Finally, either from behavior or from risk base, low risk anomaly can be explained from different angles: lottery preference, representative and overconfidence (Baker, Bradley & Wurgler, 2011; Barberis, Nicholas & Huang, 2008; Cornell, 2009), fixed benchmark mandate and constrained leverage (Baker, Bradley & Wurgler, 2011; Frazzini & Pedersen, 2014) and lastly return skewness (Pau, Christian & Josef, 2016). Furthermore, after examining for market, size, value, momentum and liquidity, the low risk investing remains statistically significant alpha and may indicate that the anomalous return is partially affected by value factor in a short run. The negative relationship between market factor and low risk factor also show that this strategy has better performance in bear market rather than bull market.
According to the overview above, there are still some questions remained. With the fact pointed by Auer & Schuhmacher (2015), high liquid stock market in US can offer good low risk benefit. However, whether beta anomaly exist in East-Asia high liquid stock markets? If so, whether it can be exploited by long-short portfolio or long only portfolio? This is where gap exists in the literatures. Hence, this study aims to investigate low risk phenomenon and BAB effects in major East-Asia high liquid markets. The following empirical sections will address these issues and provide robustness tests under different settings afterwards.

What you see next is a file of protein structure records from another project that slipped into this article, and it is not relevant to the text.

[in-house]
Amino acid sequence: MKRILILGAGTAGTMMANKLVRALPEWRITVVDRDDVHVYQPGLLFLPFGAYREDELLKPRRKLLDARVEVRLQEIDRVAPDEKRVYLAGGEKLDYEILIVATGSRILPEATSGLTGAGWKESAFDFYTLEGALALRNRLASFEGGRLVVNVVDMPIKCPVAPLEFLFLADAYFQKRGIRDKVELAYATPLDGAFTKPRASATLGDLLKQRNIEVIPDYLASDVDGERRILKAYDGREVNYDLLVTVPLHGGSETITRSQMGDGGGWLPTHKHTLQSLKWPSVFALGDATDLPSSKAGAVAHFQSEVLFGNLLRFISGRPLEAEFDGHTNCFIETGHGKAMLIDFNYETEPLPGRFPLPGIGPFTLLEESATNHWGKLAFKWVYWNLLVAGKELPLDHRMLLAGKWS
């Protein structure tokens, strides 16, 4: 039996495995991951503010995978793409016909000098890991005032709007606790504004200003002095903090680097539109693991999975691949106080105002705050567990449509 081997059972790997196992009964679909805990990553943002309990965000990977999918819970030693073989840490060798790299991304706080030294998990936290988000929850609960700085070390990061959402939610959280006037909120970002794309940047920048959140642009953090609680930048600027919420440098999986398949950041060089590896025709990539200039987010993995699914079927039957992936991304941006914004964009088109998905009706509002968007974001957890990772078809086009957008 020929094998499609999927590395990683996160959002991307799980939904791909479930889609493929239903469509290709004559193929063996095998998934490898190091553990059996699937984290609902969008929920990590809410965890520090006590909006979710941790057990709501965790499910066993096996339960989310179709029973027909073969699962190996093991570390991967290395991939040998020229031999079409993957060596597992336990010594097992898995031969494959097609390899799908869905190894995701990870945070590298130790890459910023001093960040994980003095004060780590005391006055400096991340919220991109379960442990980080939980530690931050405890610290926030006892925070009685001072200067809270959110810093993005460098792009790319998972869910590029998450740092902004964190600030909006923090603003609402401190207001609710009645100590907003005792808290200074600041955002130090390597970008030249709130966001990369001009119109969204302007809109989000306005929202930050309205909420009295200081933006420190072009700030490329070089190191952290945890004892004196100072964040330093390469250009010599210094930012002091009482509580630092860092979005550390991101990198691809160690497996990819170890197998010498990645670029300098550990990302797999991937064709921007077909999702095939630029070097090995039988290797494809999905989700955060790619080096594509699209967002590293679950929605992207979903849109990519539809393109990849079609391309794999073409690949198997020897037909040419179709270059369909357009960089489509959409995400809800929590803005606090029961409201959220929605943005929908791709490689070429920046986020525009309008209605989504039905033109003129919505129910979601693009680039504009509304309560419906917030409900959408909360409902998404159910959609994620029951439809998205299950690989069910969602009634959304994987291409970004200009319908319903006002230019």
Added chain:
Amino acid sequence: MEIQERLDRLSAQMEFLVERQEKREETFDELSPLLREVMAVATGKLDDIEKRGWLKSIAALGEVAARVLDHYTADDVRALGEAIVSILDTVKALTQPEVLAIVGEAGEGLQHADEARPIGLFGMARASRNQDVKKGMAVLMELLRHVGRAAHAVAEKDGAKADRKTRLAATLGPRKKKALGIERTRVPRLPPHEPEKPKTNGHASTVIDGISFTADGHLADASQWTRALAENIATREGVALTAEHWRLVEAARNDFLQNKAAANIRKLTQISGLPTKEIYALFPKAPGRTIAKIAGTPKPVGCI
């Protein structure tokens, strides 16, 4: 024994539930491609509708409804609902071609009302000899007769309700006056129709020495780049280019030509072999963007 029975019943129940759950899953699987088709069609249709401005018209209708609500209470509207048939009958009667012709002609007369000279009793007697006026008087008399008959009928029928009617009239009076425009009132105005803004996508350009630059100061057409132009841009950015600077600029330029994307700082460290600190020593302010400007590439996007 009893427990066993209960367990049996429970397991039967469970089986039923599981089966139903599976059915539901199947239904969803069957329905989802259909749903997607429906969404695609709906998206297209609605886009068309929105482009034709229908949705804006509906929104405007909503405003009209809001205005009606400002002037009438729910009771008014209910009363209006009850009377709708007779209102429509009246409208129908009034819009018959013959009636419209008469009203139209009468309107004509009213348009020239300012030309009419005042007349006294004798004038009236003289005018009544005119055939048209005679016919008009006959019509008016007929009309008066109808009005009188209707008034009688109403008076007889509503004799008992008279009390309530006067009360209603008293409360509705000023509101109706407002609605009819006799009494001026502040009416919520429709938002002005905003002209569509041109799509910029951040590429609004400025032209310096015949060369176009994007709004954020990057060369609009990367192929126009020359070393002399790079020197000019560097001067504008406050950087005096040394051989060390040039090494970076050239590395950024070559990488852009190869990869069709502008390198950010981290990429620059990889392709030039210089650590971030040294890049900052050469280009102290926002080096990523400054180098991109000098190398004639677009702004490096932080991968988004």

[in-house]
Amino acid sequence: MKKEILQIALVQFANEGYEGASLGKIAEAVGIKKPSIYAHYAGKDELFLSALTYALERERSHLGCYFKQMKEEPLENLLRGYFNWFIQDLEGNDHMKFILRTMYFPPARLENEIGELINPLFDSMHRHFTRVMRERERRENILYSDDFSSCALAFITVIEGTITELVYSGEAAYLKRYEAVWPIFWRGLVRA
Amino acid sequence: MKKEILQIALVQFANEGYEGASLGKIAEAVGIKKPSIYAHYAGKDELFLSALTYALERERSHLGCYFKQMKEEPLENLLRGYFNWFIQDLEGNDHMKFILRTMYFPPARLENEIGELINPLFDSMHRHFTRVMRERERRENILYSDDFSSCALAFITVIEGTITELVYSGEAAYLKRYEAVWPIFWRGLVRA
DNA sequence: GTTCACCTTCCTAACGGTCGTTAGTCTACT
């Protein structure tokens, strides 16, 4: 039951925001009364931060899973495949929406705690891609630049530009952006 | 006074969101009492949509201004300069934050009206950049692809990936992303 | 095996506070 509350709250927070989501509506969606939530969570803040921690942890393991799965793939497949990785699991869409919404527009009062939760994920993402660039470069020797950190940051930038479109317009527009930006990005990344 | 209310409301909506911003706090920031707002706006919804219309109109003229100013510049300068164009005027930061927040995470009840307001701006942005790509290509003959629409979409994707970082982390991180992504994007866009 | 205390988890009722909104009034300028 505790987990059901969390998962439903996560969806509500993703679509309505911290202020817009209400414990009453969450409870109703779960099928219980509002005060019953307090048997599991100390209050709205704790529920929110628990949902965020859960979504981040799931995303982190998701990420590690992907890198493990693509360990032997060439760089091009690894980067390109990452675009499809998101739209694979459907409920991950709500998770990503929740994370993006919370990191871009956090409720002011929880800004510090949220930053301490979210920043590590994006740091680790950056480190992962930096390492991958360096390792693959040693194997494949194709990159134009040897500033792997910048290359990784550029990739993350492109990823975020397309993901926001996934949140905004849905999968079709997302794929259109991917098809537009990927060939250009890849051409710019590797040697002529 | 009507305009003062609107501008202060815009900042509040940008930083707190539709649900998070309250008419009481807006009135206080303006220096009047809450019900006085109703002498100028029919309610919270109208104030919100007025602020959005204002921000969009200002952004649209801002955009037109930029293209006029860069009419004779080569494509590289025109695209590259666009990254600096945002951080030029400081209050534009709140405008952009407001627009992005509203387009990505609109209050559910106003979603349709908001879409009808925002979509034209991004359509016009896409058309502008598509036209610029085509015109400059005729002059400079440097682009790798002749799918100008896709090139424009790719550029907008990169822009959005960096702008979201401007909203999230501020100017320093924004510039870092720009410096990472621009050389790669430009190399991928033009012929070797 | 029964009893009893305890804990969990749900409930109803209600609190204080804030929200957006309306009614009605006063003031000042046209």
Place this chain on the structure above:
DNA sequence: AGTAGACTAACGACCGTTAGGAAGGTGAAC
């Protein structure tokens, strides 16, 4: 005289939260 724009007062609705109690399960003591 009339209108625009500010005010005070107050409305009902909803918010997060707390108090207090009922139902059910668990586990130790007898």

The section introduces the portfolio methodology and develops a quantitative strategy to arbitrage the benefit of low risk investing. To answer the research questions mentioned above, the existence of beta anomaly is initially scrutinized by calculating the alpha of beta-sorted portfolios and then beta-related portfolios are established to test the exploitability of BAB strategy. Lastly, different time frames and an out of sample test are performed to ensure robustness.
According to Li, Sullivan, and Garcia-Feijóo (2014), it is arguably that BAB strategy is only applicable in illiquid, small stocks. However, the research of Auer & Schuhmacher (2015) provided an opposite result and enhanced the profitability of BAB strategy.